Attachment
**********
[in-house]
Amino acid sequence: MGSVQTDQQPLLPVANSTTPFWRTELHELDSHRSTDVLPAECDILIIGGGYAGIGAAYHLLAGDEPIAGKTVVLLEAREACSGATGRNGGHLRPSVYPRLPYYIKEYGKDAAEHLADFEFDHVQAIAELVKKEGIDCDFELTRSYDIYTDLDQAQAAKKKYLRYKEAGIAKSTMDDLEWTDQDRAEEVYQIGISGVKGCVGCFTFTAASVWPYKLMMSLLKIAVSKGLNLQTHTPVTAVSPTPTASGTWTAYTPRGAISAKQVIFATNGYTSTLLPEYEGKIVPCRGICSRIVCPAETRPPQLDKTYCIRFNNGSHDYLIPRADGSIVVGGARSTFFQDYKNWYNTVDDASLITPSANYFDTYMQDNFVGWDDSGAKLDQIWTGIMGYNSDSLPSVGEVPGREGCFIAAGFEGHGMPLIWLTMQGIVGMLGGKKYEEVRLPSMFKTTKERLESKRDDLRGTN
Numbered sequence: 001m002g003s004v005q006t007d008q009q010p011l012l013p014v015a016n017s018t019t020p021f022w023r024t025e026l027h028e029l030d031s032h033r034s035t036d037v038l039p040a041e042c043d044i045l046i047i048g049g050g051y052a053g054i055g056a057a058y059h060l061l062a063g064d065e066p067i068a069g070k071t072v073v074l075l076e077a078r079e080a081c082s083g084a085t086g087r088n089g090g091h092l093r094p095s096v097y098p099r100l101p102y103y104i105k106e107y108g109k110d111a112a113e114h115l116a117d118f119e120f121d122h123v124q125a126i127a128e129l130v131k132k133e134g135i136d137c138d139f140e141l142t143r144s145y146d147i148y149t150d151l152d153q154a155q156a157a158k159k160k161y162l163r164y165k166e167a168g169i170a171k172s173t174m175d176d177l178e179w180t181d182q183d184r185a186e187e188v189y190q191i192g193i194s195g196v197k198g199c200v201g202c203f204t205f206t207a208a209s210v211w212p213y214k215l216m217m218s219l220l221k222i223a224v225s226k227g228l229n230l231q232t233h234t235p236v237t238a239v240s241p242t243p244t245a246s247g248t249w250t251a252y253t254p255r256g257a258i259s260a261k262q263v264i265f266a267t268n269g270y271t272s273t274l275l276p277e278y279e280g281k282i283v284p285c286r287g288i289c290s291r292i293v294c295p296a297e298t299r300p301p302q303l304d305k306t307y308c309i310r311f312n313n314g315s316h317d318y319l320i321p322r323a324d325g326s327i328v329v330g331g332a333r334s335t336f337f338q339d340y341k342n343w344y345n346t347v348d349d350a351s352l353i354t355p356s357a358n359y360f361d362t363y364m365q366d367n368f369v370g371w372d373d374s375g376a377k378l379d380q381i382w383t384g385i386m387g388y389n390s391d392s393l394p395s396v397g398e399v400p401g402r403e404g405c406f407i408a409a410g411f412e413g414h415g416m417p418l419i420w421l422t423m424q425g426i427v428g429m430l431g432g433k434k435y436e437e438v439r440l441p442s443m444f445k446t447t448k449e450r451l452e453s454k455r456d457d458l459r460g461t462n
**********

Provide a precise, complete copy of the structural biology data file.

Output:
[in-house]
Amino acid sequence: MGSVQTDQQPLLPVANSTTPFWRTELHELDSHRSTDVLPAECDILIIGGGYAGIGAAYHLLAGDEPIAGKTVVLLEAREACSGATGRNGGHLRPSVYPRLPYYIKEYGKDAAEHLADFEFDHVQAIAELVKKEGIDCDFELTRSYDIYTDLDQAQAAKKKYLRYKEAGIAKSTMDDLEWTDQDRAEEVYQIGISGVKGCVGCFTFTAASVWPYKLMMSLLKIAVSKGLNLQTHTPVTAVSPTPTASGTWTAYTPRGAISAKQVIFATNGYTSTLLPEYEGKIVPCRGICSRIVCPAETRPPQLDKTYCIRFNNGSHDYLIPRADGSIVVGGARSTFFQDYKNWYNTVDDASLITPSANYFDTYMQDNFVGWDDSGAKLDQIWTGIMGYNSDSLPSVGEVPGREGCFIAAGFEGHGMPLIWLTMQGIVGMLGGKKYEEVRLPSMFKTTKERLESKRDDLRGTN
Numbered sequence: 001m002g003s004v005q006t007d008q009q010p011l012l013p014v015a016n017s018t019t020p021f022w023r024t025e026l027h028e029l030d031s032h033r034s035t036d037v038l039p040a041e042c043d044i045l046i047i048g049g050g051y052a053g054i055g056a057a058y059h060l061l062a063g064d065e066p067i068a069g070k071t072v073v074l075l076e077a078r079e080a081c082s083g084a085t086g087r088n089g090g091h092l093r094p095s096v097y098p099r100l101p102y103y104i105k106e107y108g109k110d111a112a113e114h115l116a117d118f119e120f121d122h123v124q125a126i127a128e129l130v131k132k133e134g135i136d137c138d139f140e141l142t143r144s145y146d147i148y149t150d151l152d153q154a155q156a157a158k159k160k161y162l163r164y165k166e167a168g169i170a171k172s173t174m175d176d177l178e179w180t181d182q183d184r185a186e187e188v189y190q191i192g193i194s195g196v197k198g199c200v201g202c203f204t205f206t207a208a209s210v211w212p213y214k215l216m217m218s219l220l221k222i223a224v225s226k227g228l229n230l231q232t233h234t235p236v237t238a239v240s241p242t243p244t245a246s247g248t249w250t251a252y253t254p255r256g257a258i259s260a261k262q263v264i265f266a267t268n269g270y271t272s273t274l275l276p277e278y279e280g281k282i283v284p285c286r287g288i289c290s291r292i293v294c295p296a297e298t299r300p301p302q303l304d305k306t307y308c309i310r311f312n313n314g315s316h317d318y319l320i321p322r323a324d325g326s327i328v329v330g331g332a333r334s335t336f337f338q339d340y341k342n343w344y345n346t347v348d349d350a351s352l353i354t355p356s357a358n359y360f361d362t363y364m365q366d367n368f369v370g371w372d373d374s375g376a377k378l379d380q381i382w383t384g385i386m387g388y389n390s391d392s393l394p395s396v397g398e399v400p401g402r403e404g405c406f407i408a409a410g411f412e413g414h415g416m417p418l419i420w421l422t423m424q425g426i427v428g429m430l431g432g433k434k435y436e437e438v439r440l441p442s443m444f445k446t447t448k449e450r451l452e453s454k455r456d457d458l459r460g461t462n